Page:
ELLEN MANNING NETWORK INVESTMENT
STIFFENING THE BACKBONE: Network investment is on the up
N ational fibre networks are the backbone of every country’s communication network - passing information between data centres, providing backhaul for mobile networks and supplying the broadband piped into millions of people’s homes. With the demand on national networks growing rapidly as consumers demand faster speeds, greater bandwidth and lower latency, the pressure is on national network providers to stay ahead of the game. COMMON THEME Network expansion and investment is a common theme among major players in Europe and the US. AT&T’s total investment between 2013 and 2017 in the United States - including capital investment and acquisitions of spectrum and wireless operations - amounted to more than US$135 billion, more than any other public company. While the company won’t disclose fibre-specific investment numbers, in March it said it planned to invest US$23 billion in capital to build the best gigabit network - wireline and wireless - in the US. AT&T’s fibre network extends across 21 states and its 100% fibre network is marketed to more than seven million locations across 70 metro areas.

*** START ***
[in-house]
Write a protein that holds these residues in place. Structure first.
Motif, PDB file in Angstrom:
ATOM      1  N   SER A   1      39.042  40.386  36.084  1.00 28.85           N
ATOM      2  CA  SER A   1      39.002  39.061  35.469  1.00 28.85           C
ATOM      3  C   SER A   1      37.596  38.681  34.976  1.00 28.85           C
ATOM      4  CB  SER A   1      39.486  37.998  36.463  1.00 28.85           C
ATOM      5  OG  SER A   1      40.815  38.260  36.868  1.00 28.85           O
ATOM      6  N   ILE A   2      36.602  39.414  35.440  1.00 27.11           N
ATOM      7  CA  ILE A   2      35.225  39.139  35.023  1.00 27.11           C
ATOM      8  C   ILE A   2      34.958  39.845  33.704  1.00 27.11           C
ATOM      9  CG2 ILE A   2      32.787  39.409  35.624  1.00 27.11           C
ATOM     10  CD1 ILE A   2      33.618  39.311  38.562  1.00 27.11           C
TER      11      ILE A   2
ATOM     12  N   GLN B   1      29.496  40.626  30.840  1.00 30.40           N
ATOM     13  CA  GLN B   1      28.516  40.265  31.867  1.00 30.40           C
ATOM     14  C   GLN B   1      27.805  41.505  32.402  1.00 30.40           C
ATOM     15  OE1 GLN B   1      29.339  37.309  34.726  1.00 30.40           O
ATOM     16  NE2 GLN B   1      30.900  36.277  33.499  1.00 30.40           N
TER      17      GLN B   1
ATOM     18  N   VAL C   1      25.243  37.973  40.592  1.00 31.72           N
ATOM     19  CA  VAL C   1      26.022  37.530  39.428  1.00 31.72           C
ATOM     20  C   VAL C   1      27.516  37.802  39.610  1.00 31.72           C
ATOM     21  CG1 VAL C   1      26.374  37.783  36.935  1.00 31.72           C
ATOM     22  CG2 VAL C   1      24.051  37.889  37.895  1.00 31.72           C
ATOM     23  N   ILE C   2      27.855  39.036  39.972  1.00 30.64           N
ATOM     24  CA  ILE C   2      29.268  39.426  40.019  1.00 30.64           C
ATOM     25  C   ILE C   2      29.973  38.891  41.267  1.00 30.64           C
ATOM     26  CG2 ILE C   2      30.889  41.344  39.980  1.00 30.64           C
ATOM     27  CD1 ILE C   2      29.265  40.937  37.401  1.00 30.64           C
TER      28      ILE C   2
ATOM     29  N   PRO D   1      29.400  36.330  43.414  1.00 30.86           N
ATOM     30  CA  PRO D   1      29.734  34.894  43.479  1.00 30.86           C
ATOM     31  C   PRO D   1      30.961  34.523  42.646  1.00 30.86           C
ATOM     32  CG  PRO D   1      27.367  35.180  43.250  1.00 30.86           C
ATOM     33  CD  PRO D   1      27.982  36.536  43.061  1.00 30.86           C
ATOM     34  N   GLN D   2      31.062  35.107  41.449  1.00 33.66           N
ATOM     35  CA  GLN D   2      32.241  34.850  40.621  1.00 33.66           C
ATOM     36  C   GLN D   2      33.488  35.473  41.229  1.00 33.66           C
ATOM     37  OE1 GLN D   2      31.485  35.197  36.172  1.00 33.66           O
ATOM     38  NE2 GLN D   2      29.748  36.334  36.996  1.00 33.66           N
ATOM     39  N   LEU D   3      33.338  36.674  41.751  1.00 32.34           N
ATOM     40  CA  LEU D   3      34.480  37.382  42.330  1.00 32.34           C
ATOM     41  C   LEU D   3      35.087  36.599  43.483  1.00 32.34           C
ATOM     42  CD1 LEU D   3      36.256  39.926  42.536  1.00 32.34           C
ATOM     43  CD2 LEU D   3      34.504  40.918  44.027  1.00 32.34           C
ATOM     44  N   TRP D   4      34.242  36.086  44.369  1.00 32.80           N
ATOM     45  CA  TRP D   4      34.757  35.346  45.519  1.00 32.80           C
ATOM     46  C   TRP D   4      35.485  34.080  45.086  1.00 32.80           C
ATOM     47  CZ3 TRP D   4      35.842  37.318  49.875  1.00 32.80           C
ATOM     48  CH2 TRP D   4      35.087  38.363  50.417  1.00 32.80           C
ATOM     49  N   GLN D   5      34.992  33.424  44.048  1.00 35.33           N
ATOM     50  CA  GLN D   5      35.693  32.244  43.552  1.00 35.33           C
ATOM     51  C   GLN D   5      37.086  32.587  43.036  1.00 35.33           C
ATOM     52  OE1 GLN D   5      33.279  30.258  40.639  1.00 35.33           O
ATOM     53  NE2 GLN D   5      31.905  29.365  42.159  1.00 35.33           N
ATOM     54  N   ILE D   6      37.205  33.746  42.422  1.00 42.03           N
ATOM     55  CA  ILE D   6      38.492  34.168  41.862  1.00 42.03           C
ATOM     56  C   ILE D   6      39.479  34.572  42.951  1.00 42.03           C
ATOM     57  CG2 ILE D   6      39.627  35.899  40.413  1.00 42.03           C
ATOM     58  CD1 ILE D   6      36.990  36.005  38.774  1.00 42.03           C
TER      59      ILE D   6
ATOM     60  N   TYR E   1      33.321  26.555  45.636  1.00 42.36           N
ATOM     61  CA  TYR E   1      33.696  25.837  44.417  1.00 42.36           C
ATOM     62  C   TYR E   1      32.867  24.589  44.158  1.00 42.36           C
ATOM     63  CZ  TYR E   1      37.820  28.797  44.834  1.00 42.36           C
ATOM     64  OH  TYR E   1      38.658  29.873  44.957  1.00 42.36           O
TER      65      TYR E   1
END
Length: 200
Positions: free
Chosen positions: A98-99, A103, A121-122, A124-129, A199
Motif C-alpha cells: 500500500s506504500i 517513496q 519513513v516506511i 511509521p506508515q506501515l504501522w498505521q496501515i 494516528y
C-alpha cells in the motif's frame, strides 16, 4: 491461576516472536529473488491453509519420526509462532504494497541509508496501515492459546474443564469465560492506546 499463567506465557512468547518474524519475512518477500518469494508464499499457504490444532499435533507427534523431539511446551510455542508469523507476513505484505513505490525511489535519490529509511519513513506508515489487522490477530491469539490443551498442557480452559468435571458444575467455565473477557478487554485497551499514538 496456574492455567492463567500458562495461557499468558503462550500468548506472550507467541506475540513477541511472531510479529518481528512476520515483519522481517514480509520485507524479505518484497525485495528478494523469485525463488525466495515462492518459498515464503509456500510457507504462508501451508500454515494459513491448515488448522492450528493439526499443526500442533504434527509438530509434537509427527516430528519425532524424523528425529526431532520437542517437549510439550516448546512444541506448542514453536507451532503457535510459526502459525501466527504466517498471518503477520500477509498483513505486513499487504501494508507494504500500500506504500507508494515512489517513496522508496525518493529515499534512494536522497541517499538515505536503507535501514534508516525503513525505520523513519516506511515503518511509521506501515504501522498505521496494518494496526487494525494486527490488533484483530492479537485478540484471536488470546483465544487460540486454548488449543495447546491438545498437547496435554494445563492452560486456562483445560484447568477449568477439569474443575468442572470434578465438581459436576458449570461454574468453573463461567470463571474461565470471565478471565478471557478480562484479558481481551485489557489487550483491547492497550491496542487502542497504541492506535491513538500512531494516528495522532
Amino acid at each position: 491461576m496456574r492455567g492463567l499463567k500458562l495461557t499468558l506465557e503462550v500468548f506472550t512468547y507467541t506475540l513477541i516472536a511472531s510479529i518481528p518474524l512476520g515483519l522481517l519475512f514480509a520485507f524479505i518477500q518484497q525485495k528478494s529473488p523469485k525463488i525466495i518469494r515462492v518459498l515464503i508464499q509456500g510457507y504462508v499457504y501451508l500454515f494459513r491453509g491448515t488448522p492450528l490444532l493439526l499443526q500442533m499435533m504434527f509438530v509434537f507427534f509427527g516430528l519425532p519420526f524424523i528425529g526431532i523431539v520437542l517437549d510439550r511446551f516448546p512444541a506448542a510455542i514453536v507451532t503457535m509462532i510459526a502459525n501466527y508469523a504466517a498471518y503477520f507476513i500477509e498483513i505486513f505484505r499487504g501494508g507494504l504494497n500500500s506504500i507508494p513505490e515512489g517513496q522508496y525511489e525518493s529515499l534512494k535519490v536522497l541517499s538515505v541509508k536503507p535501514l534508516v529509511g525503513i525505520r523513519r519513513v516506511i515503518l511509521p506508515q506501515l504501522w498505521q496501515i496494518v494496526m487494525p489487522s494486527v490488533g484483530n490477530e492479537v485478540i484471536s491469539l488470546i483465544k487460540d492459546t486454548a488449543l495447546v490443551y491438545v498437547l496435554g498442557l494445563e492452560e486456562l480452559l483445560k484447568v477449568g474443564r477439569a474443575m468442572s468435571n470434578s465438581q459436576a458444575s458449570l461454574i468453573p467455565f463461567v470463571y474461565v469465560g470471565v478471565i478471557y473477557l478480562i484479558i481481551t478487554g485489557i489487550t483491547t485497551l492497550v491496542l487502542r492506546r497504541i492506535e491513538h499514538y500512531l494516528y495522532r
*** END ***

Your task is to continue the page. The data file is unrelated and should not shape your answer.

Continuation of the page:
Consumer demands and the availability of new technologies are driving operators to expand their national backbone fibre networks, writes Ellen Manning
BIG PLAYERS AT&T isn’t alone. In the UK, Openreach has invested more than £11 billion in its network. In 2016 BT announced that its Openreach and EE businesses would spend around £6 million in CapEx over the ensuing three years as part of a plan to help the UK remain the leading digital nation in the G20 group. On a consumer level Openreach is working to make ‘ultrafast’ broadband speeds of more than 100Mbps available to 12 million homes and businesses by the end of 2020 using a mixture of technologies. It already provides phone and broadband infrastructure to around 30 million homes and businesses and has announced an ambition to deliver ‘full fibre’ infrastructure to as many as 10 million homes and businesses by the mid-2020s. Another major player, Orange, is deploying FTTH networks in its major markets in Europe and at the end of 2017 had reached more than 20 million of connectable households, accelerating its deployments in France and Spain and starting deployments in countries in Africa and the Middle East. “Additionally,
“In 2018, we plan to add three million more locations on our path to reach at least 12.5 million locations across at least 84 metro areas by mid-2019,” a spokesperson told Optical Connections. “Demand has continued to exceed our expectations in the areas where we have made this service available and we want to make the service available to more locations. The fibre-enhanced speeds will open up new possibilities for technology innovators and businesses, as well as consumers who want faster speeds for surfing, shopping, gaming, social networking, business transactions and more. Clearing the path for this technology growth brings more investment in our advanced network and can serve as a catalyst for new employment and economic growth.”
| ISSUE 13 | Q2 2018
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